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So far so good!


Guest Frank Wilkinson

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Guest Frank Wilkinson

I picked up my new Lunar Telstar yesterday from Cambridgeshire and drove it back home to Lancashire. Whilst it was nice not to worry about a caravan on the back there's no doubt that it's not as pleasant driving a motorhome as a nice car. Nevertheless it wasn't too bad and I'm fairly confident that my wife and I will appreciate the huge advantage of being able to step into the rear and enjoy all the facilities.

As I'd previously owned a Lunar Clubman touring 'van I didn't have the steep learning curve that total newcomers must have, as I am already familiar with the heating, water, fridge and electrics etc.

I filled up the water tank when I got home and put the battery on charge and I'm delighted to report that everything seems absolutely perfect. I had a worrying few minutes when I couldn't get the heater to work on electricity but a quick glance at the wiring diagram reminded me that there's an isolation switch in the wordrobe - doh!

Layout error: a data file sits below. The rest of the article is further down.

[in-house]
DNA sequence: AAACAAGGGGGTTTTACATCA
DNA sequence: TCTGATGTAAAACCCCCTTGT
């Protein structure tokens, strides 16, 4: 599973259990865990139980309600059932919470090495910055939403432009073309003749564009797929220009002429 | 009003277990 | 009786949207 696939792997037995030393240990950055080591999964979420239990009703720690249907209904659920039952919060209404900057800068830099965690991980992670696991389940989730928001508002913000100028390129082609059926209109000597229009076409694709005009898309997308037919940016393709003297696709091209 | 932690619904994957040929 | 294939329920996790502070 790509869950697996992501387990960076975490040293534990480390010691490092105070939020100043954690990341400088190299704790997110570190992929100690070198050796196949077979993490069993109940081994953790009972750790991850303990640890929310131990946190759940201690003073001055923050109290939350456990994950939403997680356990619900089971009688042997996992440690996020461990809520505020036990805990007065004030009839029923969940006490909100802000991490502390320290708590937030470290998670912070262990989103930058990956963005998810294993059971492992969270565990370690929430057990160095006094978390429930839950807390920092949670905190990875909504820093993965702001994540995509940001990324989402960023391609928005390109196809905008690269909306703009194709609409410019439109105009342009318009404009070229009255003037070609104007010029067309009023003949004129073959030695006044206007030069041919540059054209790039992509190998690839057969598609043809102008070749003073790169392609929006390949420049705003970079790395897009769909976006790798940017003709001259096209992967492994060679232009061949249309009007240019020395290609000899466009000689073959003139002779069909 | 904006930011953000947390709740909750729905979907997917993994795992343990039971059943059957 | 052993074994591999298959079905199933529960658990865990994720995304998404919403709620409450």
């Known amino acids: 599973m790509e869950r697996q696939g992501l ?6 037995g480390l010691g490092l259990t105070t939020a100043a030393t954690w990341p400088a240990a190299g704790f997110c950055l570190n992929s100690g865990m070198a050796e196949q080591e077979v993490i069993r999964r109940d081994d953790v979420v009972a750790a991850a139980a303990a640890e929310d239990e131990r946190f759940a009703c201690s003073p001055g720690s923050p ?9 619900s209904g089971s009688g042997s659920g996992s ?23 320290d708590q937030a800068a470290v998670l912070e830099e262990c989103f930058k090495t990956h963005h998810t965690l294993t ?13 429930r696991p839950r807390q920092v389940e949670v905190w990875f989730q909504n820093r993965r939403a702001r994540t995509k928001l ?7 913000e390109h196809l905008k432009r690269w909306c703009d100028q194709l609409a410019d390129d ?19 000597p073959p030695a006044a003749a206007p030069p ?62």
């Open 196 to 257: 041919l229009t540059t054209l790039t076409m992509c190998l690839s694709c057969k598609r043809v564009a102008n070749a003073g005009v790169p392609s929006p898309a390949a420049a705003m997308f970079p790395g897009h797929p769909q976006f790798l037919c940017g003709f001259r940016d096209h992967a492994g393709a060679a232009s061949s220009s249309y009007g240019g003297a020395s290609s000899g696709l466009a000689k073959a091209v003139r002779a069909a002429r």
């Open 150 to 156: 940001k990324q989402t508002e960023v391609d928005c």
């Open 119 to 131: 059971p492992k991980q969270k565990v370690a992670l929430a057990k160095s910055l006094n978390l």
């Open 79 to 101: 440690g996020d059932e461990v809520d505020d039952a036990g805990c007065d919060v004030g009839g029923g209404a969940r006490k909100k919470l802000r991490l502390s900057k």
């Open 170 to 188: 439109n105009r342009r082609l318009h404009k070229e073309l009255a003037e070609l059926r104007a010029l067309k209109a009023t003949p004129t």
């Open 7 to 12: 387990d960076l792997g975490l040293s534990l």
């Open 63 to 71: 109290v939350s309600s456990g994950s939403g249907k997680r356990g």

I haven't been able to test the gas side of things yet as I'm having a Gaslow setup installed tomorrow. On Tuesday I'm having a satellite dish and reversing camera fitted and that should be it for a while I hope!

I started a thread recently about the advantages of a towbar-fitted bike rack or one that screws into the rear wall and had decided that eventually I'd go for the towbar, after checking that I'd some weight in hand. However, on reading the handbook in bed last night (sad or what?) I was surprised to learn that Lunar states very firmly that a towing bracket must not be fitted at any price! My base vehicle is a Renault Master so I'm not sure what the problem is, but Lunar's wording could not have been more emphatic.

If anyone is slightly interested in my first few days of motor-homing I shall report back with info on how my Gaslow and satellite dish exercises work out.